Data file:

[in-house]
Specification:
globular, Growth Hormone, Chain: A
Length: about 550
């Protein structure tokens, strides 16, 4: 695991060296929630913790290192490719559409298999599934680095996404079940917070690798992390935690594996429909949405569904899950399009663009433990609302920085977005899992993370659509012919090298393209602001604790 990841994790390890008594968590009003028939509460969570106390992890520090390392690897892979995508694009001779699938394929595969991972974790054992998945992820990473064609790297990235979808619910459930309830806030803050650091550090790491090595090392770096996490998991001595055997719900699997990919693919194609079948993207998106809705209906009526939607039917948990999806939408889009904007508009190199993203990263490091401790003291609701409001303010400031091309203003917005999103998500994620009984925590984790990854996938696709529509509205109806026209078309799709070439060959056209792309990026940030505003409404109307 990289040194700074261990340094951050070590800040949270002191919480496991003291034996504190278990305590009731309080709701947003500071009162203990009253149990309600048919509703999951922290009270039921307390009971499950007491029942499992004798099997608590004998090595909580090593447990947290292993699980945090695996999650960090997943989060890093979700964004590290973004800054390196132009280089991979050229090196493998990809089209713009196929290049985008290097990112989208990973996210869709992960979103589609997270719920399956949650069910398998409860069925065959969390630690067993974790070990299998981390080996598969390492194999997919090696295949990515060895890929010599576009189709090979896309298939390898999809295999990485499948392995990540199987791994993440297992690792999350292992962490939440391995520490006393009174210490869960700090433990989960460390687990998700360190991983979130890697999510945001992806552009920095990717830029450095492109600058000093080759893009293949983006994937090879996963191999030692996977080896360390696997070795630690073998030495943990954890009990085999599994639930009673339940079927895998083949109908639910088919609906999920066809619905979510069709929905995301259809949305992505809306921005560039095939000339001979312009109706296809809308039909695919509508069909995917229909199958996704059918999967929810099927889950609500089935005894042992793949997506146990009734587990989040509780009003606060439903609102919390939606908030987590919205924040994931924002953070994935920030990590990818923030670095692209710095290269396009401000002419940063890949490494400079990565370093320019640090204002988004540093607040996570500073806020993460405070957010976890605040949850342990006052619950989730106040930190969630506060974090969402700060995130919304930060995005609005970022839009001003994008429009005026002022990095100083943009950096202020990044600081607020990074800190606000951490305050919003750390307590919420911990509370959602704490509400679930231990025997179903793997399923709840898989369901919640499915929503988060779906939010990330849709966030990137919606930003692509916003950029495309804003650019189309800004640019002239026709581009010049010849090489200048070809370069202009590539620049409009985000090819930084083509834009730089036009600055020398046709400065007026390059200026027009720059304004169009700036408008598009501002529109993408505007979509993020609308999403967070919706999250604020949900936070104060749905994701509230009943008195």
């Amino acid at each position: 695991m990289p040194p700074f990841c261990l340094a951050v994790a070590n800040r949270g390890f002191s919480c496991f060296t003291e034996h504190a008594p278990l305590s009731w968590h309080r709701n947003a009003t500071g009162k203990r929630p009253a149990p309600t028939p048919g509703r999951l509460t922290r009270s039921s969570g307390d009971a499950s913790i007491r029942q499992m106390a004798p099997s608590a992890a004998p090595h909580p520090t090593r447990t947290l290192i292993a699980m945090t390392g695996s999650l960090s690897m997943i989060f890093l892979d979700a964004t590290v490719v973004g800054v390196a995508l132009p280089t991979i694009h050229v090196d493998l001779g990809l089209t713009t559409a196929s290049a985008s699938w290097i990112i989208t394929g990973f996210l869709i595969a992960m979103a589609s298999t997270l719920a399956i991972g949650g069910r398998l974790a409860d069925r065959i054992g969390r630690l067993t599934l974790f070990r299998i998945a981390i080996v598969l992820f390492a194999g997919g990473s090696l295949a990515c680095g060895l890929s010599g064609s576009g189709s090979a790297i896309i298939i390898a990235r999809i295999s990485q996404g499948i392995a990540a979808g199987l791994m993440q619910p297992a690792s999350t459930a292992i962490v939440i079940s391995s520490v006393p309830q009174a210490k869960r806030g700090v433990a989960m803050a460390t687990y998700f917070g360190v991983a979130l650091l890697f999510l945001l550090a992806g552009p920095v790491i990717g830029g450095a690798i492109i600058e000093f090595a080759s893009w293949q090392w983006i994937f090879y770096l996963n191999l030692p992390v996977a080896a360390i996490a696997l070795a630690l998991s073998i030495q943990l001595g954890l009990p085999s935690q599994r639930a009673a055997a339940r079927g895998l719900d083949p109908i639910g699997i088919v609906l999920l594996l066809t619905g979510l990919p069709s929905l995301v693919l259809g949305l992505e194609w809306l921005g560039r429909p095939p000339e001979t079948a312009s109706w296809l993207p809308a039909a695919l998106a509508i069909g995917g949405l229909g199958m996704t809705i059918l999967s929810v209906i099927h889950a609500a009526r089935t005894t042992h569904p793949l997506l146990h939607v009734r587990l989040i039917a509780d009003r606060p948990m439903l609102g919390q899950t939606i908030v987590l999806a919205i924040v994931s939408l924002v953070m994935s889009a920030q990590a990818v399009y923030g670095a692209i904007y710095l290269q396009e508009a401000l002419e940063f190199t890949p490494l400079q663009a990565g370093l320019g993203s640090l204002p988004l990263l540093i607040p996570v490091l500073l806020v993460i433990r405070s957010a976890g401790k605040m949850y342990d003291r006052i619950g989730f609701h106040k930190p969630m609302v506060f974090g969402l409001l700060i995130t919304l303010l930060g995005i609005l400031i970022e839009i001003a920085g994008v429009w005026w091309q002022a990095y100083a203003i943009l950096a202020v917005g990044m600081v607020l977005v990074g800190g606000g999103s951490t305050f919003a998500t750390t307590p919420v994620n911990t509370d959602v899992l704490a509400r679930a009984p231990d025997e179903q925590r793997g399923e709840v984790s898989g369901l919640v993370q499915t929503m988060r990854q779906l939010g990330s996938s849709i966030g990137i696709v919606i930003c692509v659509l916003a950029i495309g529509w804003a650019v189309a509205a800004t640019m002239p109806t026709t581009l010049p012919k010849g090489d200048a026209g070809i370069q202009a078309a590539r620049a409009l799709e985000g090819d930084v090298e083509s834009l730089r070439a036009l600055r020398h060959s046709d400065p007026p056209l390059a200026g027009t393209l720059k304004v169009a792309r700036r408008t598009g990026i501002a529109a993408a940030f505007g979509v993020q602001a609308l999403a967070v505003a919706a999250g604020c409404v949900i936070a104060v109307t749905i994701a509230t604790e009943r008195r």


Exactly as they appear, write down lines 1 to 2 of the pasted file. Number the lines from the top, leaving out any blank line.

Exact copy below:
[in-house]
Specification: